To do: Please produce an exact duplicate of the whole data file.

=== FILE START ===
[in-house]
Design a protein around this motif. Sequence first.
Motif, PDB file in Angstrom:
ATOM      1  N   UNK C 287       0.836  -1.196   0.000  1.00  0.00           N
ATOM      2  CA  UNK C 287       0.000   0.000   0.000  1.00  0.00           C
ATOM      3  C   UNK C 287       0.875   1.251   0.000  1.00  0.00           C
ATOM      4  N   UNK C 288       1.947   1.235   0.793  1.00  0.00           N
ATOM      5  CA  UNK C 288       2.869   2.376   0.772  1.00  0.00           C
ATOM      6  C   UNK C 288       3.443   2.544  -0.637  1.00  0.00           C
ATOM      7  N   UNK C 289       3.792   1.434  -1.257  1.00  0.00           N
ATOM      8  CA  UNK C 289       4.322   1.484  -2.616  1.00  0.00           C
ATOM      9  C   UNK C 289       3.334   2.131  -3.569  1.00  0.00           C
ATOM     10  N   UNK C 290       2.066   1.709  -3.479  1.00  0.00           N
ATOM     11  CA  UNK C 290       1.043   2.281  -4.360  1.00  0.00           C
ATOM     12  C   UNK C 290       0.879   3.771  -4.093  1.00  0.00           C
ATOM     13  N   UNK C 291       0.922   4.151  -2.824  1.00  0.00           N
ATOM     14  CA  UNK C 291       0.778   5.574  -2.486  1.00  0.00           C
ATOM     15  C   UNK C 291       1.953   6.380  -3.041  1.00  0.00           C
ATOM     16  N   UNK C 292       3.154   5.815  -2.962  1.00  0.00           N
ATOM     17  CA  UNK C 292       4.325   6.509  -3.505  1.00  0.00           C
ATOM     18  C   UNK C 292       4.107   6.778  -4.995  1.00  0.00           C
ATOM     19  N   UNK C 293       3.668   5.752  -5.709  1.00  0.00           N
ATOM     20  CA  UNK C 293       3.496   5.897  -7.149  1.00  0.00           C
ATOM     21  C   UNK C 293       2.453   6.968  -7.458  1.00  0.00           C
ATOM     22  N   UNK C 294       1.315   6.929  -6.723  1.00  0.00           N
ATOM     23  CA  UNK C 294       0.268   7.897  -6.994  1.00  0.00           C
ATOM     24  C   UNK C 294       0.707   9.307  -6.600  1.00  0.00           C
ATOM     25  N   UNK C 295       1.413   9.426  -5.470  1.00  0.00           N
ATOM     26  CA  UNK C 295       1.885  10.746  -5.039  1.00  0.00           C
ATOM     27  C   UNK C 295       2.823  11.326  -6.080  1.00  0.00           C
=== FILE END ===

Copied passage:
[in-house]
Design a protein around this motif. Sequence first.
Motif, PDB file in Angstrom:
ATOM      1  N   UNK C 287       0.836  -1.196   0.000  1.00  0.00           N
ATOM      2  CA  UNK C 287       0.000   0.000   0.000  1.00  0.00           C
ATOM      3  C   UNK C 287       0.875   1.251   0.000  1.00  0.00           C
ATOM      4  N   UNK C 288       1.947   1.235   0.793  1.00  0.00           N
ATOM      5  CA  UNK C 288       2.869   2.376   0.772  1.00  0.00           C
ATOM      6  C   UNK C 288       3.443   2.544  -0.637  1.00  0.00           C
ATOM      7  N   UNK C 289       3.792   1.434  -1.257  1.00  0.00           N
ATOM      8  CA  UNK C 289       4.322   1.484  -2.616  1.00  0.00           C
ATOM      9  C   UNK C 289       3.334   2.131  -3.569  1.00  0.00           C
ATOM     10  N   UNK C 290       2.066   1.709  -3.479  1.00  0.00           N
ATOM     11  CA  UNK C 290       1.043   2.281  -4.360  1.00  0.00           C
ATOM     12  C   UNK C 290       0.879   3.771  -4.093  1.00  0.00           C
ATOM     13  N   UNK C 291       0.922   4.151  -2.824  1.00  0.00           N
ATOM     14  CA  UNK C 291       0.778   5.574  -2.486  1.00  0.00           C
ATOM     15  C   UNK C 291       1.953   6.380  -3.041  1.00  0.00           C
ATOM     16  N   UNK C 292       3.154   5.815  -2.962  1.00  0.00           N
ATOM     17  CA  UNK C 292       4.325   6.509  -3.505  1.00  0.00           C
ATOM     18  C   UNK C 292       4.107   6.778  -4.995  1.00  0.00           C
ATOM     19  N   UNK C 293       3.668   5.752  -5.709  1.00  0.00           N
ATOM     20  CA  UNK C 293       3.496   5.897  -7.149  1.00  0.00           C
ATOM     21  C   UNK C 293       2.453   6.968  -7.458  1.00  0.00           C
ATOM     22  N   UNK C 294       1.315   6.929  -6.723  1.00  0.00           N
ATOM     23  CA  UNK C 294       0.268   7.897  -6.994  1.00  0.00           C
ATOM     24  C   UNK C 294       0.707   9.307  -6.600  1.00  0.00           C
ATOM     25  N   UNK C 295       1.413   9.426  -5.470  1.00  0.00           N
ATOM     26  CA  UNK C 295       1.885  10.746  -5.039  1.00  0.00           C
ATOM     27  C   UNK C 295       2.823  11.326  -6.080  1.00  0.00           C